Larry Kandarian grows legumes alongside ancient grains on his California farm, producing a polyculture that benefits both the health of the land and his own.

“I’m 72, but I consider myself middle-aged,” said Larry Kandarian of Kandarian Organic Farms as he smiled and took a sip of his stew. Sitting in his trailer with a sun-weathered tan, Kandarian looks like any other farmer in the state.

And for a while, he was.

In the 1970s, Kandarian started off as a conventional farmer specializing in flowers and California native plants on his farm in Los Osos, about 100 miles northwest of Santa Barbara on California’s central coast. He decided to pivot full-time to growing organic, ancient grains eight years ago after the recession shrank the market for his goods.

“I figured that people still have to eat grains,” he said of the shift. . . 


Woodhead 1st Otago Young Farmer of Year winner

July 9, 2017

A media release from the FMG Young Farmer contest:

For the first time in its 49-year history, an Otago farmer is the FMG Young Farmer of the Year with Milton sheep and beef farmer, Nigel Woodhead, convincingly winning the prestigious title after three days of gruelling competition.

The 28-year-old was overwhelmed and emotional after 3 days of intense competition.

“I watched FMG Young Farmer of the Year when I was a child, so to win it, is a childhood dream that I think will take a long time to sink in,” Woodhead said.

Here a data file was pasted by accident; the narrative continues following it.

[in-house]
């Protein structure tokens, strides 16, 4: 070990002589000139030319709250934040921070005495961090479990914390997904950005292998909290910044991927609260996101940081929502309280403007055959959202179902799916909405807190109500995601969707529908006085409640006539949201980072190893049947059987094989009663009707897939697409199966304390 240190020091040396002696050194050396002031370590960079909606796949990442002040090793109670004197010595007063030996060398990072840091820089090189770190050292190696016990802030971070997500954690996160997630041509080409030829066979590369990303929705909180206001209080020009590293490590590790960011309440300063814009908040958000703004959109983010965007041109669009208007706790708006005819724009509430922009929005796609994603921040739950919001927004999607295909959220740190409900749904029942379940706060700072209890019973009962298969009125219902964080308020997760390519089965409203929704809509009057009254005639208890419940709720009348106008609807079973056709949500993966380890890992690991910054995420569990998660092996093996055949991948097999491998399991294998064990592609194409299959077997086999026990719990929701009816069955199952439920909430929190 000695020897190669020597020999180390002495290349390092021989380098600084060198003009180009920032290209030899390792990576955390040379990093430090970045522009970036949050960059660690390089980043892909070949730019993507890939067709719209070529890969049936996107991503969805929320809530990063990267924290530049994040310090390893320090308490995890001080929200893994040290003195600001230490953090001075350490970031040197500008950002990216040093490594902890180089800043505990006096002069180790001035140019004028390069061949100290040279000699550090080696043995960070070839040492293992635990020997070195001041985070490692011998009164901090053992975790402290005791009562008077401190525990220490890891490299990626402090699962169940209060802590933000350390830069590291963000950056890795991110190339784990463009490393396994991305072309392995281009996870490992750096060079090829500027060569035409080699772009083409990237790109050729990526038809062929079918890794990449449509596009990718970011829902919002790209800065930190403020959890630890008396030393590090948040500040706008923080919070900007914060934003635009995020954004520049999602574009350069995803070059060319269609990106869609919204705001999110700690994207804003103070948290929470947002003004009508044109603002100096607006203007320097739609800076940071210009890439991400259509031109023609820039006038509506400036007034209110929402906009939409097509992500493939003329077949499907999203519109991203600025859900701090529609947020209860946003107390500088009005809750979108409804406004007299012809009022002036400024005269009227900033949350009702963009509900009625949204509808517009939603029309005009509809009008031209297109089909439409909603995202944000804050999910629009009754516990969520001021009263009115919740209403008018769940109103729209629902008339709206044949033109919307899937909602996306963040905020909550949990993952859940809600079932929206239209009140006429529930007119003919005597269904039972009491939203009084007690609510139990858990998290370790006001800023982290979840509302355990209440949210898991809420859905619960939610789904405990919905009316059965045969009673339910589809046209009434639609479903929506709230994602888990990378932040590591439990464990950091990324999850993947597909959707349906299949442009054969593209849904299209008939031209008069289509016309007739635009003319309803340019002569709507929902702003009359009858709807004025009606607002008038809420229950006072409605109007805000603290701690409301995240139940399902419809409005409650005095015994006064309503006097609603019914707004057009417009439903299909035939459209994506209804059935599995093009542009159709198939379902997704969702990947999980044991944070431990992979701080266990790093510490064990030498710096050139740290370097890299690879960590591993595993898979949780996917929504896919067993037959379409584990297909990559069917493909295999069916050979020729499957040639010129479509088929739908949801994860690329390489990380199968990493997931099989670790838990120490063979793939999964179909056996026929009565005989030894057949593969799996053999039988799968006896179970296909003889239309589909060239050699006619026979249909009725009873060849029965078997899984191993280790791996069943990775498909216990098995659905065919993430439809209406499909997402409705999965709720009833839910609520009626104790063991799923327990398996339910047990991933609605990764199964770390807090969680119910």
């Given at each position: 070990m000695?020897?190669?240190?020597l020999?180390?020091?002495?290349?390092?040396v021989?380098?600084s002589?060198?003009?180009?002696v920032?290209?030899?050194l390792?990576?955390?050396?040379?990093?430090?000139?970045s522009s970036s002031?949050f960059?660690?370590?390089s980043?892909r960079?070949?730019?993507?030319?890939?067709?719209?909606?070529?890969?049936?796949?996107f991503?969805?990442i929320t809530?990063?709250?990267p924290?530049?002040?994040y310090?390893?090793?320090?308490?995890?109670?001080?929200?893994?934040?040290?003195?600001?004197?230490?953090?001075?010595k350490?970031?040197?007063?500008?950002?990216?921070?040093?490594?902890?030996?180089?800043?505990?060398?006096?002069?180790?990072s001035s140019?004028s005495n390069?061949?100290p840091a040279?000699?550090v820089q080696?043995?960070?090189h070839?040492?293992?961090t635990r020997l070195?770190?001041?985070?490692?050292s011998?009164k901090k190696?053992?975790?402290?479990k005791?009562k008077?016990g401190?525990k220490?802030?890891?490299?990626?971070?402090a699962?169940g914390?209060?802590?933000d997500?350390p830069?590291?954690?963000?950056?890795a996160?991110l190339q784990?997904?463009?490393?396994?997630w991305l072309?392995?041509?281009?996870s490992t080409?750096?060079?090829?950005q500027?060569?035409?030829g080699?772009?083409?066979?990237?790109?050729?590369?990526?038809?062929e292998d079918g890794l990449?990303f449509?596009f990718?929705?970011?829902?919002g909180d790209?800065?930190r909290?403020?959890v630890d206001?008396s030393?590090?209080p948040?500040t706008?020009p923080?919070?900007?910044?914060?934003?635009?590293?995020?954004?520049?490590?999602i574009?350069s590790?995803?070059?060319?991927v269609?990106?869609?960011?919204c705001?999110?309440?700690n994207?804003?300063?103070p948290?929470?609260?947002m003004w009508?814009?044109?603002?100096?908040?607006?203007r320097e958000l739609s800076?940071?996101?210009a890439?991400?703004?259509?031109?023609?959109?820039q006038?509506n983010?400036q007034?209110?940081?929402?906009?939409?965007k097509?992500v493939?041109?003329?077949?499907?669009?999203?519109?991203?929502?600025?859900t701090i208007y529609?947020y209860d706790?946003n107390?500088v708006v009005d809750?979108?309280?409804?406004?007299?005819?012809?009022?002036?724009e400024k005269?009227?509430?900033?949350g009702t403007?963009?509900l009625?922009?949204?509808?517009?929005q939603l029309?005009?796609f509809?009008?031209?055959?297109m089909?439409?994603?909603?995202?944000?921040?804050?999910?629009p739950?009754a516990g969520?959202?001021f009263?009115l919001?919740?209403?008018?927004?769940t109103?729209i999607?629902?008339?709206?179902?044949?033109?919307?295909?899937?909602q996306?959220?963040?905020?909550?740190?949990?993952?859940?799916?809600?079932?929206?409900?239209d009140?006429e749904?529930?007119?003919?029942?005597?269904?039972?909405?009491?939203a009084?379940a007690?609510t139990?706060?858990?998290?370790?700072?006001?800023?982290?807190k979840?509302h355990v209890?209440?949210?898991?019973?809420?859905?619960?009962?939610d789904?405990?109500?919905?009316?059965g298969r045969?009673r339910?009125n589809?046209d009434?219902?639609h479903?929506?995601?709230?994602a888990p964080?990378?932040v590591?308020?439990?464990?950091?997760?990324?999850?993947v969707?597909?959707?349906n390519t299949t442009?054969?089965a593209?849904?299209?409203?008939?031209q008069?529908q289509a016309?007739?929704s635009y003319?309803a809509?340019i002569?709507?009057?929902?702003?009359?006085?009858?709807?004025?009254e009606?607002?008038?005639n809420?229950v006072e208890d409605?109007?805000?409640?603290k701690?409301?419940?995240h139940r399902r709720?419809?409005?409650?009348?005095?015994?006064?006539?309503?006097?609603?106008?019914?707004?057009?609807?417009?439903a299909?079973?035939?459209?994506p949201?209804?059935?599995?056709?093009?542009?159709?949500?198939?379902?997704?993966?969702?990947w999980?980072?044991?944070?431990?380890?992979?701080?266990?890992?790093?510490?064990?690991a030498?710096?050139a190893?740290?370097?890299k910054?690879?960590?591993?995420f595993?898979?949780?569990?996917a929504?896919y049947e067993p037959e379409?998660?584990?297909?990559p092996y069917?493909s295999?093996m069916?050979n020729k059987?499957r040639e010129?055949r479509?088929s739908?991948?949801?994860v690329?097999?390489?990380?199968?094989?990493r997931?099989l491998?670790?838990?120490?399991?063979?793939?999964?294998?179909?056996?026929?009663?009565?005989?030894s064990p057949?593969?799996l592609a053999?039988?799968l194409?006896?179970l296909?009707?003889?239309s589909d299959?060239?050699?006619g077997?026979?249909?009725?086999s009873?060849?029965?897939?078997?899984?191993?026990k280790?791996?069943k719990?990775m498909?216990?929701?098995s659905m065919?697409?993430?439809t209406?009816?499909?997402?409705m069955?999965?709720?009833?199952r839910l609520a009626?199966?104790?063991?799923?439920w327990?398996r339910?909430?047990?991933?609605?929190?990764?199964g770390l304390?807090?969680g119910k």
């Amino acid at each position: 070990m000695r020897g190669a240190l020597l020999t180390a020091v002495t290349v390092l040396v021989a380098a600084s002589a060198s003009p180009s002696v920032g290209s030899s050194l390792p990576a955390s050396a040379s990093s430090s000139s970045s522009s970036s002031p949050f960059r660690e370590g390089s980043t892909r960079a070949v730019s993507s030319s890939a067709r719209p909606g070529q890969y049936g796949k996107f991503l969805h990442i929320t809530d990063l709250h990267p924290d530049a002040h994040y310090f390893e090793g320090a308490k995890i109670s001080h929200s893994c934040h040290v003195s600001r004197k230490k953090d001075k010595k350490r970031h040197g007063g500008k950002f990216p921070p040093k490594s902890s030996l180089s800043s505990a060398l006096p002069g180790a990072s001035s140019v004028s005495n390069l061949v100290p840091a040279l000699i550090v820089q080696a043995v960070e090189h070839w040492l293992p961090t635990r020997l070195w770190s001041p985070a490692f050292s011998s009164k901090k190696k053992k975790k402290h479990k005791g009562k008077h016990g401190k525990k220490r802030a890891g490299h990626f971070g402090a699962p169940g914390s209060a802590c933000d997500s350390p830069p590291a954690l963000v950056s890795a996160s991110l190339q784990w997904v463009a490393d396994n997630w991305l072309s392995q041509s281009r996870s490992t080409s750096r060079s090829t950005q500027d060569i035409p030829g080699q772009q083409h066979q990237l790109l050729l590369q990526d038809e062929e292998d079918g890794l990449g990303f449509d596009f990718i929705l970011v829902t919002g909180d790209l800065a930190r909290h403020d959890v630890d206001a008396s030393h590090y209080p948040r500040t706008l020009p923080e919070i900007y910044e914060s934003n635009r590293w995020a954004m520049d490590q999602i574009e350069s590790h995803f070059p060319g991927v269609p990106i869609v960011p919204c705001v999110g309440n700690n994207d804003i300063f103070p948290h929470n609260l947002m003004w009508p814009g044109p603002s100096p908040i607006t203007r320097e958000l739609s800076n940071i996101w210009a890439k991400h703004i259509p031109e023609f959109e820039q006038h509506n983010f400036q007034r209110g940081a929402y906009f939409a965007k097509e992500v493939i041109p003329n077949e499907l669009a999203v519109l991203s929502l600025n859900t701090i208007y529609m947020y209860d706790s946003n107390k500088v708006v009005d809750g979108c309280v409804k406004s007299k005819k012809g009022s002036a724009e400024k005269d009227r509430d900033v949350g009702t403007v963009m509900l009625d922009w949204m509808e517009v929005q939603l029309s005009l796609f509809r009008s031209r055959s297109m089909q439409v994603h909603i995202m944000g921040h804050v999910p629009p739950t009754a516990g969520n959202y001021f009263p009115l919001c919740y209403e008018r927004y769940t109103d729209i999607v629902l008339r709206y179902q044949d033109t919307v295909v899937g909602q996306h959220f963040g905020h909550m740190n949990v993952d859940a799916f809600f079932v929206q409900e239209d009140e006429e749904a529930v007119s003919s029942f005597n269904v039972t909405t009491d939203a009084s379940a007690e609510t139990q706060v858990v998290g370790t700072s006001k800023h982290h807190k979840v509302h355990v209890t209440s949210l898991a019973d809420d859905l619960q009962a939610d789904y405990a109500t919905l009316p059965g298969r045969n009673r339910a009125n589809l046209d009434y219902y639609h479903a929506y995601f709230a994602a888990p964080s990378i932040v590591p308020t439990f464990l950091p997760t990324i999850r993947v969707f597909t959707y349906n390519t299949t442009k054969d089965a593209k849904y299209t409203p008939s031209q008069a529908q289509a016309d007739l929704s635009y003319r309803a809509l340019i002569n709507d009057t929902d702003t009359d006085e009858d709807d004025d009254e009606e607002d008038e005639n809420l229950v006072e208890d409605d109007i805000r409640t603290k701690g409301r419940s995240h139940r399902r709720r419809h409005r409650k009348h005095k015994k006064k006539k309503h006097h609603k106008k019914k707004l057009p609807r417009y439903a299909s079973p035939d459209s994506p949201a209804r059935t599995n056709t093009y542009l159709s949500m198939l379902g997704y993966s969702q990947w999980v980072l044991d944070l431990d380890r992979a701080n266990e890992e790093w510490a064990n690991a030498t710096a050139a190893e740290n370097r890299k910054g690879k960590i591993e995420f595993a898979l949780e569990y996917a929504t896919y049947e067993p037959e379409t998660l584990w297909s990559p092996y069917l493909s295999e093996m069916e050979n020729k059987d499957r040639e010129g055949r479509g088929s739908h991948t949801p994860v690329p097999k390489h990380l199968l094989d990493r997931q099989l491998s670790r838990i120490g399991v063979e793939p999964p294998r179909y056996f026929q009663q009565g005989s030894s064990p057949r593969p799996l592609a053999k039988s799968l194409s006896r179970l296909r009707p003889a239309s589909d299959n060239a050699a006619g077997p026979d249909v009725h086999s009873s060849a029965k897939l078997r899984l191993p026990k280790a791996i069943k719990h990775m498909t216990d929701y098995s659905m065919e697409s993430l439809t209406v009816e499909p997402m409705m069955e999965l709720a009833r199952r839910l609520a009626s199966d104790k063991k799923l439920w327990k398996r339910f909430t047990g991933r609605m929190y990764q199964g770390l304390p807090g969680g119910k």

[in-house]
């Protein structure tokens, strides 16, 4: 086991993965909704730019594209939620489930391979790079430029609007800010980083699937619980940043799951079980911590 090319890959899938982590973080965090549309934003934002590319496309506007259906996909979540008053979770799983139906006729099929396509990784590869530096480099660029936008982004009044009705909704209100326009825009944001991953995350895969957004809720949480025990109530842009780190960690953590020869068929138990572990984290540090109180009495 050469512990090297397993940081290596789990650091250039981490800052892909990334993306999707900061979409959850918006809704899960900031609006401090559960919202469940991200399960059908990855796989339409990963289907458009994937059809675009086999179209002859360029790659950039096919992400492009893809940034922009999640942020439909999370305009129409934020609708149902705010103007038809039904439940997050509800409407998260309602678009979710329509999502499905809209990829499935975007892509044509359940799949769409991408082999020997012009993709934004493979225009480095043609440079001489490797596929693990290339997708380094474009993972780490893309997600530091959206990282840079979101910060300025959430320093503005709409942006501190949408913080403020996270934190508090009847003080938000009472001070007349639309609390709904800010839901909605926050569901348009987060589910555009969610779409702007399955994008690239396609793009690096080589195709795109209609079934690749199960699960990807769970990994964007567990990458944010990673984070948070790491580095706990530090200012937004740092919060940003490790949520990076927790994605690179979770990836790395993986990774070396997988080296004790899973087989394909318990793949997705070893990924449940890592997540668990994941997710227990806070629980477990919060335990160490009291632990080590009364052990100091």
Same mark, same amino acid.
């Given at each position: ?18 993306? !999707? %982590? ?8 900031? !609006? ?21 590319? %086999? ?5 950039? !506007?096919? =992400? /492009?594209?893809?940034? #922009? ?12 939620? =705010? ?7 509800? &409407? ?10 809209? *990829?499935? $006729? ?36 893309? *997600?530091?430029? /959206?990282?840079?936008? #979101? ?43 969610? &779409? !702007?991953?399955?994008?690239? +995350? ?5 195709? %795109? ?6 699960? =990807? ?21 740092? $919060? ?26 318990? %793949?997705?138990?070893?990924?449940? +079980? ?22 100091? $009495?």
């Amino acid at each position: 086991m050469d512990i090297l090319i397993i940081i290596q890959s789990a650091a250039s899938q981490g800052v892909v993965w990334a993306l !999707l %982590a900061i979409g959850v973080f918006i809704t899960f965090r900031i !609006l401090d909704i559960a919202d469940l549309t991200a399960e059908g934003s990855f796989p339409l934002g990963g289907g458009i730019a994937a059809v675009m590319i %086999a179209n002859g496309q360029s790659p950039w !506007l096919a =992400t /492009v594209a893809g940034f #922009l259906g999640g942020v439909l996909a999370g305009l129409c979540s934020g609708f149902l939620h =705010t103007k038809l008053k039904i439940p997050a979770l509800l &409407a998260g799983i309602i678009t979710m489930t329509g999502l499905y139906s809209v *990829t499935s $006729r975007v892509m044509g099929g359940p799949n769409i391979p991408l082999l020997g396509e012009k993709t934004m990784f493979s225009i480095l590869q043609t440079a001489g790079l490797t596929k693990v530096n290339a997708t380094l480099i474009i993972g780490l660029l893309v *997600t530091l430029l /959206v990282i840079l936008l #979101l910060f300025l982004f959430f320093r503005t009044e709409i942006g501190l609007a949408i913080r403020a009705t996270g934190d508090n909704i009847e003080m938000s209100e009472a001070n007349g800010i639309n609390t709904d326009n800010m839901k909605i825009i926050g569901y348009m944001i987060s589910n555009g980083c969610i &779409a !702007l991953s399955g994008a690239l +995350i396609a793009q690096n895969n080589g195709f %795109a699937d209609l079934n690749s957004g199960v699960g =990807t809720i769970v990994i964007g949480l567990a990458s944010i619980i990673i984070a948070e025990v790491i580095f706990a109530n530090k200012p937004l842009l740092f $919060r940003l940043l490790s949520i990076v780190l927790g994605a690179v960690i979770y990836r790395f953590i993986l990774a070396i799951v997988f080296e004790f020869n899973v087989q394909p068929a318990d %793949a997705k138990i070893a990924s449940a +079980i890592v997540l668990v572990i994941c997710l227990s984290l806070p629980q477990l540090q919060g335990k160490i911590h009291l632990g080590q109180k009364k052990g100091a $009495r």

A popular winner, Nigel graduated from University with a Bachelor of Agricultural Science before working at Midlands Seed in Ashburton for five years, prior to heading home to the family farm.

The win is particularly relevant in the Woodhead household as Nigel grew up in a family that watched the Contest every year with his Dad competing at a young age.

For Nigel it is the realisation of a dream.

“My wife Leanne and I worked really hard and to win this is incredible!”

Contest Chairman and former Grand Finalist Dean Rabbidge said he was thrilled to see an Otago Southland farmer take the title home.

“History has been made tonight in a proud farming province and we couldn’t be happier.”

NZ Young Farmers CEO Terry Copeland said Nigel was the epitome and pinnacle of what future leaders in the Agri-sector need to be.

“The FMG Young Farmer of the Year continues to showcase the brilliant young leadership our organisation strives to develop. Nigel is an inspiring future leader who showcases the exceptional leaders we strive to develop.”

RESULTS:

FMG Young Farmer of the Year:

First Nigel Woodhead, Otago Southland

Second, Hamish Best, East Coast

Third, Andrew Wiffen, Tasman

AGMARDT Agri-business Challenge winner: Hamish Best

Massey University Agri-Growth Challenge: Lisa Kendall

Ravensdown Agri-Skills Challenge : Nigel Woodhead

Hynds Agri-sport Challenge: Arjan van’t Klooster

Meridian Energy Agri-knowledge Quiz and Speech challenge: Hamish Best

 How the FMG Young Farmer of the Year works:

400 contestants competed in 22 District Contest and Skills Day nation-wide.

56 contestants compete in seven regional finals from Northern, Waikato-Bay of Plenty, Taranaki-Manawatu, East Coast, Tasman, Aorangi, Otago-Southland from February to April.

The seven winners of the regional final will now compete at the Grand Final in the Manawatu this week.

In 49 years only four females have ever made the Grand Final:

Denise Brown who placed Seventh in 1981

Louise Collingwood who was Placed Third and Runner Up in 2001 and 2003

Katherine Tucker placed Seventh in 2012

Lisa Kendall in 2017.

Update:

He’s not the first Otago winner, but he’s the first from the province in more than 20 years.